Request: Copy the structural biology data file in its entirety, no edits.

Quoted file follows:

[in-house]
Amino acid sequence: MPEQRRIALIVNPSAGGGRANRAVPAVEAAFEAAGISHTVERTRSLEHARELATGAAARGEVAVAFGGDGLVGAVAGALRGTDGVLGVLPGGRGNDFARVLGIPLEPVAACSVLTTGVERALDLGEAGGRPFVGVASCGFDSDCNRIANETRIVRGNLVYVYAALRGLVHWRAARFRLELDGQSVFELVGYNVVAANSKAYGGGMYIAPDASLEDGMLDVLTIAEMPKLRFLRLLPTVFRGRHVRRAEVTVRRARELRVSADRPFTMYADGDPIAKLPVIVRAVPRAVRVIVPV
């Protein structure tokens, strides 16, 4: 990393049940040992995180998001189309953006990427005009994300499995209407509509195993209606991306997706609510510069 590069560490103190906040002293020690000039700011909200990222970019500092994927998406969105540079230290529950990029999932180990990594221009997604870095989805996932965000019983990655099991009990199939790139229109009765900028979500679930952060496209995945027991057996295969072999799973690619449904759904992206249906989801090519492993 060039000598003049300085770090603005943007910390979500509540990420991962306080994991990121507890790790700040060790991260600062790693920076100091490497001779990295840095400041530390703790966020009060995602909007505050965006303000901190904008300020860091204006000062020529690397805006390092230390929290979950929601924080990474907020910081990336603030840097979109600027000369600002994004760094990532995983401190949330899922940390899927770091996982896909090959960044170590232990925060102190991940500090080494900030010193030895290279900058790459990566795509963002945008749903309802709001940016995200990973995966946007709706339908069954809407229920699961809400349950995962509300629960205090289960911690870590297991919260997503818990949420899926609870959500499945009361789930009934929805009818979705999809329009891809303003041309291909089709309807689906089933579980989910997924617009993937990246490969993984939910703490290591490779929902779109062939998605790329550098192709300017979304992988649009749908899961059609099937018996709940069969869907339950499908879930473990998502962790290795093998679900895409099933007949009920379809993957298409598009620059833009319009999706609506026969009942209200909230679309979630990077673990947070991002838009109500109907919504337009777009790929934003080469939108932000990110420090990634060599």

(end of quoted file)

[in-house]
Amino acid sequence: MPEQRRIALIVNPSAGGGRANRAVPAVEAAFEAAGISHTVERTRSLEHARELATGAAARGEVAVAFGGDGLVGAVAGALRGTDGVLGVLPGGRGNDFARVLGIPLEPVAACSVLTTGVERALDLGEAGGRPFVGVASCGFDSDCNRIANETRIVRGNLVYVYAALRGLVHWRAARFRLELDGQSVFELVGYNVVAANSKAYGGGMYIAPDASLEDGMLDVLTIAEMPKLRFLRLLPTVFRGRHVRRAEVTVRRARELRVSADRPFTMYADGDPIAKLPVIVRAVPRAVRVIVPV
């Protein structure tokens, strides 16, 4: 990393049940040992995180998001189309953006990427005009994300499995209407509509195993209606991306997706609510510069 590069560490103190906040002293020690000039700011909200990222970019500092994927998406969105540079230290529950990029999932180990990594221009997604870095989805996932965000019983990655099991009990199939790139229109009765900028979500679930952060496209995945027991057996295969072999799973690619449904759904992206249906989801090519492993 060039000598003049300085770090603005943007910390979500509540990420991962306080994991990121507890790790700040060790991260600062790693920076100091490497001779990295840095400041530390703790966020009060995602909007505050965006303000901190904008300020860091204006000062020529690397805006390092230390929290979950929601924080990474907020910081990336603030840097979109600027000369600002994004760094990532995983401190949330899922940390899927770091996982896909090959960044170590232990925060102190991940500090080494900030010193030895290279900058790459990566795509963002945008749903309802709001940016995200990973995966946007709706339908069954809407229920699961809400349950995962509300629960205090289960911690870590297991919260997503818990949420899926609870959500499945009361789930009934929805009818979705999809329009891809303003041309291909089709309807689906089933579980989910997924617009993937990246490969993984939910703490290591490779929902779109062939998605790329550098192709300017979304992988649009749908899961059609099937018996709940069969869907339950499908879930473990998502962790290795093998679900895409099933007949009920379809993957298409598009620059833009319009999706609506026969009942209200909230679309979630990077673990947070991002838009109500109907919504337009777009790929934003080469939108932000990110420090990634060599």